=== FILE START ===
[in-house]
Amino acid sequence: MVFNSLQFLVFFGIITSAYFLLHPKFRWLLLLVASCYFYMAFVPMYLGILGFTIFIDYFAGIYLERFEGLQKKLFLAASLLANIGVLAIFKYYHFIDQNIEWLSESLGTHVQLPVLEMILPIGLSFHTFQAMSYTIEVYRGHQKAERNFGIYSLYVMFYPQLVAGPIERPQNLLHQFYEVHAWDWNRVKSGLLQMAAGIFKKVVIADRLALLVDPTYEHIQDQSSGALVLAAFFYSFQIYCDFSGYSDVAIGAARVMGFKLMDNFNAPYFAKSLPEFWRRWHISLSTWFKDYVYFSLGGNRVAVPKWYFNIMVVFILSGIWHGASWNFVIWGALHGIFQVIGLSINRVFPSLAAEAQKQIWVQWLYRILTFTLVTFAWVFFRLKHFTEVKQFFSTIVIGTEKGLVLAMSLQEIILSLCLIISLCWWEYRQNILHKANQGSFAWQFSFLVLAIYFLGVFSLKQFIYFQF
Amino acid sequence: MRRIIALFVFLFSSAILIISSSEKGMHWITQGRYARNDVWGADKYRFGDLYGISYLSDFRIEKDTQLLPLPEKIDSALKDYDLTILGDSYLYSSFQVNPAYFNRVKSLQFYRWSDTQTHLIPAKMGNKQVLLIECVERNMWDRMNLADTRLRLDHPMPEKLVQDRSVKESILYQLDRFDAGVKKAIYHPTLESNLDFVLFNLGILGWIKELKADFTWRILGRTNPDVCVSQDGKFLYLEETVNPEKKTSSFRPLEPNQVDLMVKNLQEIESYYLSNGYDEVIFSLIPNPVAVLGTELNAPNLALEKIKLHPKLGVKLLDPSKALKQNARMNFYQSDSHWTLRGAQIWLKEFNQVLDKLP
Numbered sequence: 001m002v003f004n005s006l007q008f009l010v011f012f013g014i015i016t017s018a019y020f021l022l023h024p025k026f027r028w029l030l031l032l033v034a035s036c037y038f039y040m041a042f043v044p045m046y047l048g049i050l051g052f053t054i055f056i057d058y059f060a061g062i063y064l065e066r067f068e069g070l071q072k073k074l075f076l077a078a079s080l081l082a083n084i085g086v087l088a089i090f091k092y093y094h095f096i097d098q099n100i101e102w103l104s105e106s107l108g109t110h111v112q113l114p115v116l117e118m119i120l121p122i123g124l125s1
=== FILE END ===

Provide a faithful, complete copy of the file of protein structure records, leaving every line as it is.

[in-house]
Amino acid sequence: MVFNSLQFLVFFGIITSAYFLLHPKFRWLLLLVASCYFYMAFVPMYLGILGFTIFIDYFAGIYLERFEGLQKKLFLAASLLANIGVLAIFKYYHFIDQNIEWLSESLGTHVQLPVLEMILPIGLSFHTFQAMSYTIEVYRGHQKAERNFGIYSLYVMFYPQLVAGPIERPQNLLHQFYEVHAWDWNRVKSGLLQMAAGIFKKVVIADRLALLVDPTYEHIQDQSSGALVLAAFFYSFQIYCDFSGYSDVAIGAARVMGFKLMDNFNAPYFAKSLPEFWRRWHISLSTWFKDYVYFSLGGNRVAVPKWYFNIMVVFILSGIWHGASWNFVIWGALHGIFQVIGLSINRVFPSLAAEAQKQIWVQWLYRILTFTLVTFAWVFFRLKHFTEVKQFFSTIVIGTEKGLVLAMSLQEIILSLCLIISLCWWEYRQNILHKANQGSFAWQFSFLVLAIYFLGVFSLKQFIYFQF
Amino acid sequence: MRRIIALFVFLFSSAILIISSSEKGMHWITQGRYARNDVWGADKYRFGDLYGISYLSDFRIEKDTQLLPLPEKIDSALKDYDLTILGDSYLYSSFQVNPAYFNRVKSLQFYRWSDTQTHLIPAKMGNKQVLLIECVERNMWDRMNLADTRLRLDHPMPEKLVQDRSVKESILYQLDRFDAGVKKAIYHPTLESNLDFVLFNLGILGWIKELKADFTWRILGRTNPDVCVSQDGKFLYLEETVNPEKKTSSFRPLEPNQVDLMVKNLQEIESYYLSNGYDEVIFSLIPNPVAVLGTELNAPNLALEKIKLHPKLGVKLLDPSKALKQNARMNFYQSDSHWTLRGAQIWLKEFNQVLDKLP
Numbered sequence: 001m002v003f004n005s006l007q008f009l010v011f012f013g014i015i016t017s018a019y020f021l022l023h024p025k026f027r028w029l030l031l032l033v034a035s036c037y038f039y040m041a042f043v044p045m046y047l048g049i050l051g052f053t054i055f056i057d058y059f060a061g062i063y064l065e066r067f068e069g070l071q072k073k074l075f076l077a078a079s080l081l082a083n084i085g086v087l088a089i090f091k092y093y094h095f096i097d098q099n100i101e102w103l104s105e106s107l108g109t110h111v112q113l114p115v116l117e118m119i120l121p122i123g124l125s1